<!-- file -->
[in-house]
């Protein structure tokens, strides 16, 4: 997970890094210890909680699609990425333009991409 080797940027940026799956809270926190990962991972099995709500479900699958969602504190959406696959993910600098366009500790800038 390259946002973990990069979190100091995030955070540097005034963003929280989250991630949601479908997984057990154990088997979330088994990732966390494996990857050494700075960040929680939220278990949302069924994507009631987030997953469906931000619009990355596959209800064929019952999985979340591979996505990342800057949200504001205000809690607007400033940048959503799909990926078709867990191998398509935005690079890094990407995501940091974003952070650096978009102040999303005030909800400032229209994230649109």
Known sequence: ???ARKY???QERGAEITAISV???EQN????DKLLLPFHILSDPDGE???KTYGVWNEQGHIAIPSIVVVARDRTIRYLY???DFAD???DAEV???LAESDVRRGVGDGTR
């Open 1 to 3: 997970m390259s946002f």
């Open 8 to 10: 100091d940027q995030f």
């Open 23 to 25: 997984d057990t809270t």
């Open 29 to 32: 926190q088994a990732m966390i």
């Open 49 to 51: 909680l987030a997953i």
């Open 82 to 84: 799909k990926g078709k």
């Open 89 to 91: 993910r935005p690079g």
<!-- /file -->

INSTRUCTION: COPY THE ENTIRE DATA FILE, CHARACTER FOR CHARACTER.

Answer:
[in-house]
């Protein structure tokens, strides 16, 4: 997970890094210890909680699609990425333009991409 080797940027940026799956809270926190990962991972099995709500479900699958969602504190959406696959993910600098366009500790800038 390259946002973990990069979190100091995030955070540097005034963003929280989250991630949601479908997984057990154990088997979330088994990732966390494996990857050494700075960040929680939220278990949302069924994507009631987030997953469906931000619009990355596959209800064929019952999985979340591979996505990342800057949200504001205000809690607007400033940048959503799909990926078709867990191998398509935005690079890094990407995501940091974003952070650096978009102040999303005030909800400032229209994230649109």
Known sequence: ???ARKY???QERGAEITAISV???EQN????DKLLLPFHILSDPDGE???KTYGVWNEQGHIAIPSIVVVARDRTIRYLY???DFAD???DAEV???LAESDVRRGVGDGTR
């Open 1 to 3: 997970m390259s946002f």
């Open 8 to 10: 100091d940027q995030f």
């Open 23 to 25: 997984d057990t809270t």
């Open 29 to 32: 926190q088994a990732m966390i």
């Open 49 to 51: 909680l987030a997953i």
């Open 82 to 84: 799909k990926g078709k």
């Open 89 to 91: 993910r935005p690079g």